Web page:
The car would rest in King’s driveway and garage for many years before he got around to building the coupe for modern street duty. The old race chassis was swapped out for a Total Cost Involved frame complete with IFS, and underhood a small-block Chevy carried early finned aluminum Edelbrock valve covers, a subtle nod to the coupe’s DNA. It was a very nice car, finished in bright red paint, with a mix of era-popular billet wheels and interior handles but with the body largely unchanged. The car even won a Goodguys Best Top Chop award, proving proper profiles never grow old. The spare tire and signature chrome dashboard were changed and the outside door handles were shaved, but the basic car was unchanged from the ’40s. When King died, fellow Road Kings member Frank Nay purchased the car. Nay continued to make improvements on the coupe and used it as a modern street rod. That brings us well into the new millennium, when in 2010 Jim Bobowski’s phone rang. It was his friend, Nay, and he was ready to sell.

Jim had busied himself researching the car and he knew if he ever owned the car it would be returned it to its 1949 iteration. But first this coupe would be shown in red paint one last time. The Grand National Roadster Show (GNRS) was having a Custom Retrospective in 2011 and Jim decided to backdate the coupe for that show. With help from Jimmy White of Circle City Hot Rods they managed to chrome the windshield frame, locate and mount genuine 1937 DeSoto bumpers, Appleton spotlights, fender skirts, and adjust the ride height to a slight tail-dragger angle. The car was well received. It seems there is nothing the Pierson brothers coupe can’t do; street car, lakes class record holder and salt flat racer, tow car, and now custom show car.

view of 1936 Coupe driving away on a dirt road during sunset
The coupe is still right at home on the dry lakes, a veteran of many passes. This was Jim’s first time driving on the dry lake; the rookie and the old master run to the sun.
After the GNRS the coupe was brought back to New Jersey where Jim purchased a genuine vintage hot rod frame, complete with I-beam suspension and 1940 Ford drum brakes to replace the modern Total Cost Involved chassis. Jim and fellow hot rodder Darrell Falkinburg set about stripping the coupe to bare metal. Under that bright red paint they found the body was in exceptional condition for a 78-year-old hot rod. The initial plan was to perform all work on the coupe in Jim’s home shop—after all, the car was originally built by two brothers in a home garage. The longer they worked on the car, the more Jim felt a world class hot rod deserved a world class restoration. After talking to fellow rodders and several shops, the car ended up in the capable hands of Bill Ganahl at his South City Rod & Custom shop. I say this with all due respect for all involved, the coupe was subsequently subjected to a maniacal restoration. “Attention to detail” doesn’t begin to describe the level of accuracy on this car. Amazing effort was made to retain as much of the original car as possible. Patch panels were made from donor 1936 Ford panels when possible, and fabricated sheetmetal was all 19-gauge to perfectly match body metal thickness. All welds were metal-finished both sides, meaning some of Ganahl’s best work is impossible to see. Again, much has been written about this car, so detailed restoration stories are out there and worth reading. Stan Vermiel spun the wrenches on the full-race flathead. The fresh Tokay White paint was applied by Joe Compani, while the task of duplicating the Runyan interior went to Chris Plante, just to name a few of the craftsmen involved. The backdate restoration was a two-year project, completed just in time for the 2015 GNRS.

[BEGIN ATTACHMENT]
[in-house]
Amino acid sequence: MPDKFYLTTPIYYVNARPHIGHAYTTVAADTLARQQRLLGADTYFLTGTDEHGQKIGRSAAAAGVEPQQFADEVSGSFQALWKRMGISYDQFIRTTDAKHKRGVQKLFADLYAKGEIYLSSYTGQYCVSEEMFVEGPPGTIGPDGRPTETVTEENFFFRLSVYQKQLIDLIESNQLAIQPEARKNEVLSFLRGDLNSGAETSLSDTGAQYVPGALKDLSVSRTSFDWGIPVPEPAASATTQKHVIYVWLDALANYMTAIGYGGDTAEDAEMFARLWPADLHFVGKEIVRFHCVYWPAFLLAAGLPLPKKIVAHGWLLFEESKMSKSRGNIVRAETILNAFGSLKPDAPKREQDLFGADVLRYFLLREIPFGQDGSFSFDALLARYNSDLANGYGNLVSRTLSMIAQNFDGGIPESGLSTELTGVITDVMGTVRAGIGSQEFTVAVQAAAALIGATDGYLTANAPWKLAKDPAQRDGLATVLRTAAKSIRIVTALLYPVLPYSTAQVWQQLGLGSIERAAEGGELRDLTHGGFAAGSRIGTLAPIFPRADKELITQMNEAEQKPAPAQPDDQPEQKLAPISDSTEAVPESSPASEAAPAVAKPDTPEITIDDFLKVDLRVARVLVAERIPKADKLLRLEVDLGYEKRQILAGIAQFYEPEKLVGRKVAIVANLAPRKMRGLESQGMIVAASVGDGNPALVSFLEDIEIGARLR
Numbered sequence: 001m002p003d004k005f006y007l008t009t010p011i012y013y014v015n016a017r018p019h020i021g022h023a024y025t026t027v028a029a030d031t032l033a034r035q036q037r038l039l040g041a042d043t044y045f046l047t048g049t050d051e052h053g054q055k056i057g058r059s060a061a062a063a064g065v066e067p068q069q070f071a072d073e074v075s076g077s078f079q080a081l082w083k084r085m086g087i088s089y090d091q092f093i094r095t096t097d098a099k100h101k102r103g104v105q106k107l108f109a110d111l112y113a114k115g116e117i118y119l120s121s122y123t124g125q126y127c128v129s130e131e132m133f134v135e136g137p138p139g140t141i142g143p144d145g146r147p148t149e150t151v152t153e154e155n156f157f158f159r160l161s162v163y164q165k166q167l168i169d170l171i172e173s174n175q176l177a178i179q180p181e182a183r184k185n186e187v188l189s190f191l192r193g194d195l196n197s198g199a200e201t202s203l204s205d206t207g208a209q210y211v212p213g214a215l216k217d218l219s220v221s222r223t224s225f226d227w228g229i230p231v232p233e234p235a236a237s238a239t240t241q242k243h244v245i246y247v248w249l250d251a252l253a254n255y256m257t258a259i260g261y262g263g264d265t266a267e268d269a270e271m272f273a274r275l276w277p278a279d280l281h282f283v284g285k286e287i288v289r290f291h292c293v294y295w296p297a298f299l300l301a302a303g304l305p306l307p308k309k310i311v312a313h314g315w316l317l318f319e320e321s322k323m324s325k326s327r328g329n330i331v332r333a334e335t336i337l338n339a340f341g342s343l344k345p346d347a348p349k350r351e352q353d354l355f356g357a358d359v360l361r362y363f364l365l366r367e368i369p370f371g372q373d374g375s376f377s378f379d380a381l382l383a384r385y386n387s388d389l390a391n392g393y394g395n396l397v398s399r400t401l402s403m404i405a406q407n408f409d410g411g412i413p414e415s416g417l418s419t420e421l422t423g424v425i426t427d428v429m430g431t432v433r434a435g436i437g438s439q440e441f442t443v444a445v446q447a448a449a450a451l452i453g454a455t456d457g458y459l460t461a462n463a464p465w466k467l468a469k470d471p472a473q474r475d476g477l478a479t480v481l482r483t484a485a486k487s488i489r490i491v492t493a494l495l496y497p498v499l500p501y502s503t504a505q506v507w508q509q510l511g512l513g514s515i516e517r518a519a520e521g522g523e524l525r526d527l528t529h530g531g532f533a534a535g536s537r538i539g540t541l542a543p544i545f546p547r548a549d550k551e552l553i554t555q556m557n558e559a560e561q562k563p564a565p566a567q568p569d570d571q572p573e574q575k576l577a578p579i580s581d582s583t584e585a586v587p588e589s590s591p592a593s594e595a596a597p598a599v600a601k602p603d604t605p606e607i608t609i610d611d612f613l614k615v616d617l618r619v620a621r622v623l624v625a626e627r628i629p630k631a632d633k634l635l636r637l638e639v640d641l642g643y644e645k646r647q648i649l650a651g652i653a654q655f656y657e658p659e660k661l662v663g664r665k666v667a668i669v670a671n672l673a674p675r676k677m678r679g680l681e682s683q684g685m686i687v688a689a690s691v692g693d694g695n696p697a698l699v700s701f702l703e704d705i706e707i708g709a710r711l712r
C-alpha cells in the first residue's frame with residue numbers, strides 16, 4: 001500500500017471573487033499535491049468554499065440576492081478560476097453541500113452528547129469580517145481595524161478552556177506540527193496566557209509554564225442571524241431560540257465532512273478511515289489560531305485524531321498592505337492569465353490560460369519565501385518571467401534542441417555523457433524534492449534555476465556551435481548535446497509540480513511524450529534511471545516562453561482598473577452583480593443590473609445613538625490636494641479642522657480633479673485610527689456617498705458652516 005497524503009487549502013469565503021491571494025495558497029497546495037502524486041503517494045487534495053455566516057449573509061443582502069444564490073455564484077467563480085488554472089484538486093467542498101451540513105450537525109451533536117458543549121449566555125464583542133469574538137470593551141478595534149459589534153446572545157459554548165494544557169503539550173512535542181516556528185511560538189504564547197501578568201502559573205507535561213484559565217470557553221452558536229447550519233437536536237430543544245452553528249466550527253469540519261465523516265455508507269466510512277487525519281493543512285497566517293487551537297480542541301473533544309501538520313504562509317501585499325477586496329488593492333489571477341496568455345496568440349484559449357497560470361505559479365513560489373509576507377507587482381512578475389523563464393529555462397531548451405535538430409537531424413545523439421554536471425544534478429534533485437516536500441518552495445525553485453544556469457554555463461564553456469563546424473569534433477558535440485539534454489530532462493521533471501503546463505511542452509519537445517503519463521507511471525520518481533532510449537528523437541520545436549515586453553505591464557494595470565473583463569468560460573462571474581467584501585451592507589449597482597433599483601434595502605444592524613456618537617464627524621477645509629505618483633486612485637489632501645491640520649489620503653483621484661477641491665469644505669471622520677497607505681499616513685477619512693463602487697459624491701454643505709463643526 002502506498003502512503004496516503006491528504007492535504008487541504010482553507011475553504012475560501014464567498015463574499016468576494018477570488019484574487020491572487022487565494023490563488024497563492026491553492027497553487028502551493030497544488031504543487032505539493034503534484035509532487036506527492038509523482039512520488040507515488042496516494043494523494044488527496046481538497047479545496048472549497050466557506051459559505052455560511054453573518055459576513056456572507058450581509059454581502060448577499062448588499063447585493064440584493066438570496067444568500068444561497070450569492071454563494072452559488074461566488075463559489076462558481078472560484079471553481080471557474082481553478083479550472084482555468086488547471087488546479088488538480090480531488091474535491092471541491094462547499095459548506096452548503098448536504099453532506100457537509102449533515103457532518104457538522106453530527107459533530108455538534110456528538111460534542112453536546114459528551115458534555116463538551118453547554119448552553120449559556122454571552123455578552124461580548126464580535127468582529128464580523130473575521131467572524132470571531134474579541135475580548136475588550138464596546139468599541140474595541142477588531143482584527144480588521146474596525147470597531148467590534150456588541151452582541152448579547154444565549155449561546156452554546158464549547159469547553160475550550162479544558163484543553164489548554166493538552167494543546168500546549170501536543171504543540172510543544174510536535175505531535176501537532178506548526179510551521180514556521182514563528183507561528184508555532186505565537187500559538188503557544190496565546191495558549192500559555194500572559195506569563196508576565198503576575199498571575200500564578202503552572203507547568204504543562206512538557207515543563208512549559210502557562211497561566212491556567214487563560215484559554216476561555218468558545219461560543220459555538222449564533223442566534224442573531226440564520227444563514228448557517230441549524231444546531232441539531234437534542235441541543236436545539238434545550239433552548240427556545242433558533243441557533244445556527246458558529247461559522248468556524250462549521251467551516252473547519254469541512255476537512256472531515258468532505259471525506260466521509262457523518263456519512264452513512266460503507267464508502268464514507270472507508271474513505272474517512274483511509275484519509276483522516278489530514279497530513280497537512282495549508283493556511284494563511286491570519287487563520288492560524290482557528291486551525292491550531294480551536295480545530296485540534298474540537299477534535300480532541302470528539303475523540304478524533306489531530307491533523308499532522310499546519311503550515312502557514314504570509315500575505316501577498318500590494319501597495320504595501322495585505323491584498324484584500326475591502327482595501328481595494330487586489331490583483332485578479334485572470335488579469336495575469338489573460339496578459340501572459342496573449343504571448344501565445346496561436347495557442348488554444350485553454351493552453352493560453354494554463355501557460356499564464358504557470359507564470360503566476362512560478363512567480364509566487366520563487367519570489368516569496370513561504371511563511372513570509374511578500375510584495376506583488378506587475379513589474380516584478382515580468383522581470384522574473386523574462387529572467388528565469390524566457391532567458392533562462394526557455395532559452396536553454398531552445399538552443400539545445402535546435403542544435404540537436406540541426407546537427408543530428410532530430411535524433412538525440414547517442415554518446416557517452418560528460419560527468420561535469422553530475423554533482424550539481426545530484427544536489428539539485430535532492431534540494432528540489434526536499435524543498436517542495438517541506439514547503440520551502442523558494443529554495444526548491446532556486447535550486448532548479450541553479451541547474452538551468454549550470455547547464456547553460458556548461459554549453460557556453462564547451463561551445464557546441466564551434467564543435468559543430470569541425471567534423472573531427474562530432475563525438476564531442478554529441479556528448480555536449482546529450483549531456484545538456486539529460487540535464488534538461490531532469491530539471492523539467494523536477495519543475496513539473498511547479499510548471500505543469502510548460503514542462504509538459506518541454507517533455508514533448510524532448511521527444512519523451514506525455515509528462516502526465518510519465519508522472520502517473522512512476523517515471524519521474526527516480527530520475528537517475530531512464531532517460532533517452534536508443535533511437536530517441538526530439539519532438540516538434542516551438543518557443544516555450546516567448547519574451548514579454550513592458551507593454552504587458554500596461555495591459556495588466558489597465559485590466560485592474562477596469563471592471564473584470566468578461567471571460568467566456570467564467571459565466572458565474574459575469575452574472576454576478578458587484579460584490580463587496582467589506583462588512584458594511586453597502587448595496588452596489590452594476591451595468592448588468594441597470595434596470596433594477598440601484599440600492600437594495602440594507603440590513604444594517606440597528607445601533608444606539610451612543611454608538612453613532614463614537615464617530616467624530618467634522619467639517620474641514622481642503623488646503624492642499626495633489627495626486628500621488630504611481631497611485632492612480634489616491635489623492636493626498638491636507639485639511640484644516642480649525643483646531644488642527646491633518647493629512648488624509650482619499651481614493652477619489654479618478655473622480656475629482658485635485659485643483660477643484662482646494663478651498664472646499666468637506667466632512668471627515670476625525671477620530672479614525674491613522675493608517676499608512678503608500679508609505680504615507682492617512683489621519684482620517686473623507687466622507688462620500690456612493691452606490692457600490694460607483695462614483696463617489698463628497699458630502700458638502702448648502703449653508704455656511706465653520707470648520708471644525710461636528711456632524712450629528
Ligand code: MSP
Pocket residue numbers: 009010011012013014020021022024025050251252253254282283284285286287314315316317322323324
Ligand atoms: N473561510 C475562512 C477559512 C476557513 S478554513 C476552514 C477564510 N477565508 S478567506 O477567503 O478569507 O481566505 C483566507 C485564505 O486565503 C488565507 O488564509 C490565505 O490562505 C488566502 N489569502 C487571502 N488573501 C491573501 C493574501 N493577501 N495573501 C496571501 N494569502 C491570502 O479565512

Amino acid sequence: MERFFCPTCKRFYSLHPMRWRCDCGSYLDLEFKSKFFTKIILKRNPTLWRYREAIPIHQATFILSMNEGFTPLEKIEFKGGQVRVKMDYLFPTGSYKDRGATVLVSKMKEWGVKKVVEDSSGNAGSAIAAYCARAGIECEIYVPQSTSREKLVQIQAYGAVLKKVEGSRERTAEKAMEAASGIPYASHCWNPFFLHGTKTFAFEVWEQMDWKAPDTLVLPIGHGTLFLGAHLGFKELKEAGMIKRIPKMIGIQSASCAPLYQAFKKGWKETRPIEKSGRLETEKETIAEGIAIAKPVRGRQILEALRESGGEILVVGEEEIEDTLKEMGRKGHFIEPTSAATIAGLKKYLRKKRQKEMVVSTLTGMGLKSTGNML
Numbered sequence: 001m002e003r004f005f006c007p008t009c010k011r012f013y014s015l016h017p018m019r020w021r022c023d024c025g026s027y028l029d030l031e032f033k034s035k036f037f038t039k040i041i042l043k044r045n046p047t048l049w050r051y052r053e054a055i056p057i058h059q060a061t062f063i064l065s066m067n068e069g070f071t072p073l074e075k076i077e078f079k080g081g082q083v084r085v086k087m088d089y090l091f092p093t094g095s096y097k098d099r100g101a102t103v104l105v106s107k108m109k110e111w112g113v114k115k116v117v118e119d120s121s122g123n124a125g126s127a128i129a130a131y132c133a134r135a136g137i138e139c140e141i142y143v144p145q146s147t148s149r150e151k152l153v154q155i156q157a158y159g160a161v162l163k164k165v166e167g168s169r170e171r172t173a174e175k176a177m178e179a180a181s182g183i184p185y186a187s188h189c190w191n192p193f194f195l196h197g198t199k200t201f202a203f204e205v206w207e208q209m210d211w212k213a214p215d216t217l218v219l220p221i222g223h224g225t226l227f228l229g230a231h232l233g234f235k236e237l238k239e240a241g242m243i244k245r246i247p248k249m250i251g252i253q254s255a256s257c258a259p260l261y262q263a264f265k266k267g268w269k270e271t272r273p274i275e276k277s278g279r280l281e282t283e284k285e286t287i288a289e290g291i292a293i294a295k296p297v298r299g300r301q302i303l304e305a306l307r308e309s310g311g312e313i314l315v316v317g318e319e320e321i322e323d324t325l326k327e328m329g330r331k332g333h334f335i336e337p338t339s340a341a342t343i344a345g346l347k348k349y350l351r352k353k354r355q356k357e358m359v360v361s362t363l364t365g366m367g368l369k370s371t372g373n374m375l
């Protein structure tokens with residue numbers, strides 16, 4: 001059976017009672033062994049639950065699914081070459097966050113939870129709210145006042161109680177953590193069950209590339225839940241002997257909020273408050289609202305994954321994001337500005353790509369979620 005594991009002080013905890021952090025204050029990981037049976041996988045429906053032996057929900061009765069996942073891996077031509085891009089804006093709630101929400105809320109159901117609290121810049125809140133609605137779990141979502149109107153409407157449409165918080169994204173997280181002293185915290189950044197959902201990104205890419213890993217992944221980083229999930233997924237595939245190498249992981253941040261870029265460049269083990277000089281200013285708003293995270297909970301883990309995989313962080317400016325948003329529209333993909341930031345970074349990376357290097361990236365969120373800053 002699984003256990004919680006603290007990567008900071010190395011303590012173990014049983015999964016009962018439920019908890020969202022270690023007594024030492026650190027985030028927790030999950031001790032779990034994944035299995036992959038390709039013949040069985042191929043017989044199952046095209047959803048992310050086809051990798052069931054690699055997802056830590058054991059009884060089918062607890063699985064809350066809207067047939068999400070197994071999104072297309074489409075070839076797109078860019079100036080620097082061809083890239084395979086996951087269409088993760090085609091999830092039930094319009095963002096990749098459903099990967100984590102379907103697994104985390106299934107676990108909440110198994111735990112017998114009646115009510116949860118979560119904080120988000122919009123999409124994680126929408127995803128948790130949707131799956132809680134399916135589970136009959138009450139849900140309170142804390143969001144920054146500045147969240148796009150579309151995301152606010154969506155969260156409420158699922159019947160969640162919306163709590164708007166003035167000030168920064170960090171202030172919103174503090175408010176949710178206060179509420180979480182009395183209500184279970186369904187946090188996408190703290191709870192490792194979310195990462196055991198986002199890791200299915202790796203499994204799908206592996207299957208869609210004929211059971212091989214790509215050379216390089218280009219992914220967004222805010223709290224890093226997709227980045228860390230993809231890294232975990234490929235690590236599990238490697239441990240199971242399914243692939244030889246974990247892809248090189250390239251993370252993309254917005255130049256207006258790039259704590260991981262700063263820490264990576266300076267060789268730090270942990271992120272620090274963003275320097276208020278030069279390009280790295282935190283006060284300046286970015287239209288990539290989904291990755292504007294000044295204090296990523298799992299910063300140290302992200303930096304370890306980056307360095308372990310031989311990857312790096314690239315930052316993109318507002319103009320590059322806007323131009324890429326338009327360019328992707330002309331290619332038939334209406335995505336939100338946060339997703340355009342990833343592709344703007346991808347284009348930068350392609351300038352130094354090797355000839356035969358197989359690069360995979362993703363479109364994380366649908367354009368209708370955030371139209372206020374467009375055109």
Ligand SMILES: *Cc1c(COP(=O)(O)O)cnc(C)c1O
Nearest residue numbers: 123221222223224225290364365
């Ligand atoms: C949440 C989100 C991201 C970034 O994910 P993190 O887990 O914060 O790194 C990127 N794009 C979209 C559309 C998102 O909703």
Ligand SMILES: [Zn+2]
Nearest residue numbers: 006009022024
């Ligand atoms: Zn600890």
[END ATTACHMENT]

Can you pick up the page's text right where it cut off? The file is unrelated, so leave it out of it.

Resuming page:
Jim drove the Pierson brothers 1936 coupe onto the GNRS floor, marking the end of one journey and beginning of another. Set up day was a bit surreal and response to the car was overwhelming. Sadly, both Bob and Dick Pierson were no longer with us to see the coupe return to the show floor, but Dick’s widow, Helen, came to the show resplendent in her bright red vintage Edelbrock jacket. Helen had dated Dick in this very car. Veteran hot rodders stopped by all weekend to share stories of the car and the glory days of dry lake racing. Once again, the coupe proved to be a winner, taking home the prestigious 2015 Bruce Meyer Preservation Award.